“If you make everyone from a four year old to a 75-year-old happy, you know you’ve pulled off something special”. Those were the words I had used in my review of the inaugural Drift City event held last year. Event organiser, Bronwyn Stockenstroom, sent me a pic of her husband, Gary, the brains behind the event, while he was reading my review. He was in tears. “Those words made him cry, Shuds”, she said. Those were true words though – everyone was happy, young and old, car guys and non-car guys. Men, women, black, white, even the destitute frequenting the Grand Parade forgot about the hardships of their difficult lives, and this is one of the aims for Gary and his team, to create a proudly Capetonian event that will bring people together. I recently hooked up with him, and asked him to explain to us exactly what Drift City is.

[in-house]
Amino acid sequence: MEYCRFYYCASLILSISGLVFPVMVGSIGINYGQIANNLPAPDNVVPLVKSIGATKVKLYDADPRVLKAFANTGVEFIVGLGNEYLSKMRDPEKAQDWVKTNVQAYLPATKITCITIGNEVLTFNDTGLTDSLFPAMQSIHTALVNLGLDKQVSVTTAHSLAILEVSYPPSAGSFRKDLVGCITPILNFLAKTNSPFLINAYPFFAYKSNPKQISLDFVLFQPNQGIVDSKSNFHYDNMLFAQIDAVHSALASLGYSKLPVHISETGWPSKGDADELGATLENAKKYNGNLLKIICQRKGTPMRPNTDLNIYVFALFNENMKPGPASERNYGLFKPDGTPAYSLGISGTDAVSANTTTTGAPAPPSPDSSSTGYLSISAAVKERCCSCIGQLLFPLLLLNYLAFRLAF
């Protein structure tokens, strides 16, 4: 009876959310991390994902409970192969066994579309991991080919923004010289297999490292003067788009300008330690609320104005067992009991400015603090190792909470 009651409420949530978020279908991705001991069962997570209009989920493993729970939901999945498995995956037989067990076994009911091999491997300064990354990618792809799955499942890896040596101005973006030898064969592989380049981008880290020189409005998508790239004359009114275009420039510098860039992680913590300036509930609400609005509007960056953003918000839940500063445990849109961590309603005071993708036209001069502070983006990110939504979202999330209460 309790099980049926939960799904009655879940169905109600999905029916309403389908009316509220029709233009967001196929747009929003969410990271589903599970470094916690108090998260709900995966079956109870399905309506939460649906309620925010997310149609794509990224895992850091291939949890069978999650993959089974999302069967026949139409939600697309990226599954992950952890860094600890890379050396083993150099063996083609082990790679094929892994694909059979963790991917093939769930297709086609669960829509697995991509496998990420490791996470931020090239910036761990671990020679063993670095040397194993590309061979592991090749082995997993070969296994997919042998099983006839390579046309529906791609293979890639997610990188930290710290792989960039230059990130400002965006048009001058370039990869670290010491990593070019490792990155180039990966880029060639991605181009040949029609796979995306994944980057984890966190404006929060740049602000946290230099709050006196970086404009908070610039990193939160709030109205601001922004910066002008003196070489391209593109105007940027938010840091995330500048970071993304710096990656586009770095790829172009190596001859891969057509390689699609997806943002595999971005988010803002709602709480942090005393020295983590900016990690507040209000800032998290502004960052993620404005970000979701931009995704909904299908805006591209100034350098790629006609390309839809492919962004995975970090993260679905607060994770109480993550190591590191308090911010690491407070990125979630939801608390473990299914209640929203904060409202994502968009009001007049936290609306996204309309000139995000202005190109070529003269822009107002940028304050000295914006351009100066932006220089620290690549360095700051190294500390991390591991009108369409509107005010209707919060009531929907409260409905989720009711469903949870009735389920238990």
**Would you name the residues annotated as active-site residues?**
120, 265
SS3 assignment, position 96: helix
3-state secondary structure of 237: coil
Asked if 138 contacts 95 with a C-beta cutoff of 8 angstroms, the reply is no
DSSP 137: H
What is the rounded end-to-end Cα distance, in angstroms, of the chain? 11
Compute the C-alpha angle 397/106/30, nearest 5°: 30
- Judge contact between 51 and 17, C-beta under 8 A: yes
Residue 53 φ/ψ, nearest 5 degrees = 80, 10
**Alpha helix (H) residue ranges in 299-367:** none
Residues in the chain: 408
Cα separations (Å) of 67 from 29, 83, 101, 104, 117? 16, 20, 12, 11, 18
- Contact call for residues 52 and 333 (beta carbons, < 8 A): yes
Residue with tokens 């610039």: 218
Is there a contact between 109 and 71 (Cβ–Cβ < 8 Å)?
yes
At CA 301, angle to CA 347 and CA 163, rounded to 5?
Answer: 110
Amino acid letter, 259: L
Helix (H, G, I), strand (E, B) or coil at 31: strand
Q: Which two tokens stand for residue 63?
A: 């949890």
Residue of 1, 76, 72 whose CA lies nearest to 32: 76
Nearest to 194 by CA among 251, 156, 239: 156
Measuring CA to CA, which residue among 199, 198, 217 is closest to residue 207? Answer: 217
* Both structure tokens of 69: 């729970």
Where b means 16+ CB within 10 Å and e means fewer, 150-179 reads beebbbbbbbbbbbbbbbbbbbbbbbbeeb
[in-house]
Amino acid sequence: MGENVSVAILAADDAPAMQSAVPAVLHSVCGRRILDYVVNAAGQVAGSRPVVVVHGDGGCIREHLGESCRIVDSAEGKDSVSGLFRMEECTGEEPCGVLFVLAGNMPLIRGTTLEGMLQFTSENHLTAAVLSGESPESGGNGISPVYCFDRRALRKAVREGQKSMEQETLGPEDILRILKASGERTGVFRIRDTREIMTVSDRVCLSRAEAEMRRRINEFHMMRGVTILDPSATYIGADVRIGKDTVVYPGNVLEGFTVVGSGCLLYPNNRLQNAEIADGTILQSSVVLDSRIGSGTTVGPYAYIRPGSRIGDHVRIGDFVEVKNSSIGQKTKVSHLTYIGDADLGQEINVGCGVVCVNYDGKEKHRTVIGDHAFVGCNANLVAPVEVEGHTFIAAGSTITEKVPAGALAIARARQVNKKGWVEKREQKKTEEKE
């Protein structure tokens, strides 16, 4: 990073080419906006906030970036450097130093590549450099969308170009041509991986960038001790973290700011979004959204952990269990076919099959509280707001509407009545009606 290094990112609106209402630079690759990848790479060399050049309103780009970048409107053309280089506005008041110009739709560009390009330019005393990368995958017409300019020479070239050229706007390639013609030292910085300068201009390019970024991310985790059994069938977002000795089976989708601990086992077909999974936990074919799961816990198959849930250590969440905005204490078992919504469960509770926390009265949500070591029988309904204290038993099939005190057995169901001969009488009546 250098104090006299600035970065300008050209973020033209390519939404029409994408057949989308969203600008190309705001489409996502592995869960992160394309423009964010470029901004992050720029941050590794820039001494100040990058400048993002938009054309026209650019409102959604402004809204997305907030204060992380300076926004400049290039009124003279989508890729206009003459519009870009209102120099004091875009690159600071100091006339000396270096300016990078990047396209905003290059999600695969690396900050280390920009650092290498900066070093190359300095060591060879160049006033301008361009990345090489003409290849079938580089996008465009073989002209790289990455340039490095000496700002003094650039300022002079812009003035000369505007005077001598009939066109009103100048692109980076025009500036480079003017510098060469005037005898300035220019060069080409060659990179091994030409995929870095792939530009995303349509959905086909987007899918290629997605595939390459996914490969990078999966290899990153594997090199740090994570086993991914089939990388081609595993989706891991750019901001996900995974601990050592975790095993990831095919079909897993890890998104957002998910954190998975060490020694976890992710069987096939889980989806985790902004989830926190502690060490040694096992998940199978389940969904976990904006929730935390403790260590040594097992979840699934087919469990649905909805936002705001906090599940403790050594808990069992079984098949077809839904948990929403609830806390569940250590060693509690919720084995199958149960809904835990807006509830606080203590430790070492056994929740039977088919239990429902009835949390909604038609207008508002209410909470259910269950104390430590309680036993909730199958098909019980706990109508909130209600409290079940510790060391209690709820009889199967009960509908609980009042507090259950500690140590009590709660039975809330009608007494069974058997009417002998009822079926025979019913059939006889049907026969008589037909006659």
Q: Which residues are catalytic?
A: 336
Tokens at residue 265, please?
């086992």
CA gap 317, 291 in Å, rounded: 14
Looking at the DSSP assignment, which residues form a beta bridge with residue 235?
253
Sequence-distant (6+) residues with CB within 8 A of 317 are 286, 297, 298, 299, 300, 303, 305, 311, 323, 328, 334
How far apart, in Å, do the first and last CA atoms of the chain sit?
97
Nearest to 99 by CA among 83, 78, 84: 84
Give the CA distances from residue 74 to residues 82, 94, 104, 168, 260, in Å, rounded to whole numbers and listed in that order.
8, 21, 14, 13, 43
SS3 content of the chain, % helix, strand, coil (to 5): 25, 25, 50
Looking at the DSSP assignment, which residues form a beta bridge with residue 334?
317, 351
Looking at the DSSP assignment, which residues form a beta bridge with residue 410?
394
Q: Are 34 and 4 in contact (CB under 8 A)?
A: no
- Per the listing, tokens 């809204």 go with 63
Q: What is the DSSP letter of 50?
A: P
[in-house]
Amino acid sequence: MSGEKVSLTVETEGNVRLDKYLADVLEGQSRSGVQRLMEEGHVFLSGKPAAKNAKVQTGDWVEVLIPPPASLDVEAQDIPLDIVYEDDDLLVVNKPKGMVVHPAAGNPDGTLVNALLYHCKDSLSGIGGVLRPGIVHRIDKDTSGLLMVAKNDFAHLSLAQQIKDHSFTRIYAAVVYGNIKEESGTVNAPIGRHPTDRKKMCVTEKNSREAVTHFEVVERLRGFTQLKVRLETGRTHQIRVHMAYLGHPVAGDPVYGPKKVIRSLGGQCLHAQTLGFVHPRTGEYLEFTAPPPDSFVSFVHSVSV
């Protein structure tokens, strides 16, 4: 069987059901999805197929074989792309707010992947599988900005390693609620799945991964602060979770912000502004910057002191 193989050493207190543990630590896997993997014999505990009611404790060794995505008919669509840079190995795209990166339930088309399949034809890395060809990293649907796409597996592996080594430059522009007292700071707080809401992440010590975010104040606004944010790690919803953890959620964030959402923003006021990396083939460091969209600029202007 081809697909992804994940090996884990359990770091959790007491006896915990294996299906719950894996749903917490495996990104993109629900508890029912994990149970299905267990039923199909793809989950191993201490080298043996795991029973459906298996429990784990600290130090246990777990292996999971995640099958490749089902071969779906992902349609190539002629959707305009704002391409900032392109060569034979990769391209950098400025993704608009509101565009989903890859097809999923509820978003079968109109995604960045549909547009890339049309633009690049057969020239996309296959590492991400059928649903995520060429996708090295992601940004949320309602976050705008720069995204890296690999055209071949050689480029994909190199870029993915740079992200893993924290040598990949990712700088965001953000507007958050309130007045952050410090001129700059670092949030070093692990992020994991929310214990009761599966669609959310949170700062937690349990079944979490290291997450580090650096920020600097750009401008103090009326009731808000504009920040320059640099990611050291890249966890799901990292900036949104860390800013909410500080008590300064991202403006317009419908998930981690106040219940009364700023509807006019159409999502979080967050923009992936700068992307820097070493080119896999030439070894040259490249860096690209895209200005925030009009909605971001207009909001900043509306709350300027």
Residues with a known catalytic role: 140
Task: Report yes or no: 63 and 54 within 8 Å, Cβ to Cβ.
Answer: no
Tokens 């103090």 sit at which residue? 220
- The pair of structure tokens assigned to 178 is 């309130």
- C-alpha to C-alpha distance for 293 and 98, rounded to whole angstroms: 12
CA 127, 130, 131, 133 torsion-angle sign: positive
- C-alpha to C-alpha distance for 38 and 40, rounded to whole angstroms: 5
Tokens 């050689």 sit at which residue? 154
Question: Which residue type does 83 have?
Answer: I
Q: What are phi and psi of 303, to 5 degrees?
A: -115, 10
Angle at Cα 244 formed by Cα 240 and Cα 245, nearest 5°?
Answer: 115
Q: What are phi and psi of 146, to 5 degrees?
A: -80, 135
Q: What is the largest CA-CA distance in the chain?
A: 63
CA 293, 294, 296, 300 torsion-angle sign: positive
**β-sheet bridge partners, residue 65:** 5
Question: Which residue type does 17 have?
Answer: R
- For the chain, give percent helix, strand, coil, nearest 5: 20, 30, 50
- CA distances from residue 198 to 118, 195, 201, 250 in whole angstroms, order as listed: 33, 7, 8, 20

ME: It is the second year Drift City will be happening, what exactly is Drift City?

GARY: So, Drift City is, in a nutshell, a motorsport event held in Cape Town, and what makes it super unique is the fact that it  is the only event of its kind held in the middle of the CBD.


ME: So we’re going to have smoke and tyreshredding on a National Heritage site on Heritage Day?

GARY: Basically, yes. The course is set up as a drift/gymkhana course, so competitors will go head-to-head against each other on a mirrored course, and it will be timed too. They won’t just be judged according skill and tyre smoke, but they’re racing against the clock too, which makes it all the more exciting.

ME: How did the event come about, and why was the Grand Parade chosen as a venue?

GARY: About four years before the event came to fruition, I was in a nightclub on the 31st story, and as I looked down through the window, the Grand Parade was lit up. The rest of the CBD was in darkness, but the Grand Parade just looked so different from the derelict space it had become in recent years, and I had this idea of having a mad motorsport event right there. For months I told Bronwyn about it and she just eventually told me “Why don’t you just shut up and do it”, and here we are.


ME: You say you wanted it to be a night event, what time will it start?”